Vitamin B12 - The Importance of Children's Vitamin B12 (Cobalamin)

Posted on June 04 2021, By: Jolly

Vitamin B12 - The Importance of Children's Vitamin B12 (Cobalamin)




Vitamin B12, also known as cobalamin, is a water-soluble vitamin that is involved in the metabolism of every cell in the body. It promotes DNA formation by metabolizing fatty acids and amino acids. Vitamin B12 benefits adults and children alike by helping improve blood circulation, contributing to heart health, brain function, mental health, hair growth, nail discoloration, and skin pigmentation loss. It is also important for those who are pregnant because it contributes to healthy fetal development.

In order to keep a balanced diet, it is worth knowing a good vitamin B12 foods list, which primarily includes animal-based food sources. People who follow vegetarian and vegan diets are prone to vitamin B12 deficiency and can benefit from taking supplements in the form of vitamins. Foods that are fortified with vitamin B12 may also be an option for those with restricted diets, and they are more commonly found in developed countries. A vitamin B12 deficiency can be caused by either a lack of the vitamin in one’s diet or an absorption problem. Signs you should test for vitamin B12 deficiency include child fatigue, weakness, pale skin, mood alterations, and difficulty with concentration, among other symptoms.

Parents who have trouble tracking their children’s vitamin intake and who notice their children exhibiting such symptoms might consider having a physician test for vitamin deficiency. Vitamin B12 is absorbed better by the body in small amounts than it is in large supplemental doses; therefore, if a child or a person with dietary restrictions chooses to use a vitamin supplement, it is important to follow guidelines for the appropriate amount without taking it in excess. (1)(2)(3)

How Does Vitamin B12 Function in Your Child’s Body?

One of the primary roles of all B vitamins is to metabolize energy efficiently for normal body functioning. A child who does not have enough vitamin B12 might be fatigued and move slowly. Vitamin B12 is also essential because it is involved in keeping the nerve and blood cells healthy, making the DNA for genetic material and preventing a kind of anemia known as megaloblastic anemia. If vitamin B12 levels are consistently low throughout the growing years, it is very likely that a child will develop osteoporosis, a condition where bones become so weak that they break with minor stress. Additionally, vitamin B12 can affect mood because it helps the body’s serotonin production, so it’s important to attend to a child’s nutrition if they’re noticeably grumpy or down more frequently than normal. 

The body absorbs vitamin B12 from food in two stages. First, hydrochloric acid in the stomach isolates nutrient B12 from the protein that it is connected to in food. After, B12 joins with a protein made by the stomach called ‘intrinsic factor’ and is absorbed by the body. A condition called pernicious anemia occurs when a person cannot make intrinsic factor, making it difficult to absorb B12 from both food and supplements. (4)(5)(6)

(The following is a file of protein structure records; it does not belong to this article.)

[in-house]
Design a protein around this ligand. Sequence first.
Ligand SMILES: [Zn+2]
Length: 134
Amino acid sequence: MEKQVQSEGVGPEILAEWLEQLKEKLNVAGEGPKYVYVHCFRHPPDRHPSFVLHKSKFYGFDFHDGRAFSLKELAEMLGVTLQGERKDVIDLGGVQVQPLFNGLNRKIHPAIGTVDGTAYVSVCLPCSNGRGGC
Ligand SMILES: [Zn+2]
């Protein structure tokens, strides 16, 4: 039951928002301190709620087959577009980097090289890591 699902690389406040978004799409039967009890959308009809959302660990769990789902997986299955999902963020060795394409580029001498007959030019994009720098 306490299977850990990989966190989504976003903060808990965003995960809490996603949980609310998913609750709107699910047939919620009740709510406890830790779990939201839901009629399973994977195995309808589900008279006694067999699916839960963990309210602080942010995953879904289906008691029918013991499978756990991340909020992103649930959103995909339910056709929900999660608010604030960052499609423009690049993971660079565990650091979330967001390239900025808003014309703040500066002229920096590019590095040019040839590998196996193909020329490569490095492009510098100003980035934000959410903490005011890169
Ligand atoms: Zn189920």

Why Do Children Need Vitamin B12?

Some of the vital benefits of vitamin B12 are listed below:
  • Heart health
  • Prevents anemia
  • Optimizes brain function and fights depression
  • Supports growth of healthy hair, skin and nails
  • Prevents neural damage
  • Prevents eye damage

Heart health:  A primary vitamin B12 benefit is to help maintain and even improve blood circulation by balancing the chemical processes that can negatively impact heart functioning if unbalanced. It is important that habits for maintaining a healthy heart begin in childhood to prevent the many negative effects of long-term nutrient deficiency in adult years.

Research support:
Vitamin B12 is used in the breakdown of a protein called homocysteine, and a deficiency of vitamin B12 can increase levels of this protein. High levels of homocysteine have been connected with an increased risk of heart disease and stroke. This is explained by its possible role in the formation of blood clots and an overabundance of free radical cells, as well as impairment of normal blood vessel function. (7)

Prevents anemia:  Megaloblastic anemia is a type of anemia in which red blood cells become enlarged and lose their capacity to function properly due to vitamin B12 deficiency. This leads to fatigue and body weakness, and it can severely impact the well-being of children. Vitamin B12 can prevent child anemia, and ensuring healthy eating and supplementation habits from a young age can prevent anemia in adolescent and adult ages due to long-term vitamin deficiency.

Research support:
Red blood cells are normally small and round, but a vitamin B12 deficiency can cause them to become enlarged and oval, which is a sign of megaloblastic anemia. The irregular shape of cells keeps them from moving from the bone marrow into the bloodstream at a fast enough rate. This type of anemia leads to decreased red blood cell formation and poor development in adolescents. (8)

Optimizes brain function and fights depression:  Maintaining adequate levels of vitamin B12 positively affects mood and even aids in the prevention of child depression. When children are down or exhibiting poor behaviors, it is helpful to consult with a doctor to determine whether there is a nutrient deficiency or if there are signs of childhood depression. Child depression symptoms include significant impairment in social, educational or other realms, and can be indicative of chemical, environmental and nutritional imbalances. Supplementation of vitamin B12 might be prescribed by a doctor for child depression treatment if an individual is not getting enough through their regular diet and experiencing a low mood. When your child has depression, it can also be extremely helpful for them to speak to a mental health professional. (9)(12)

Research support: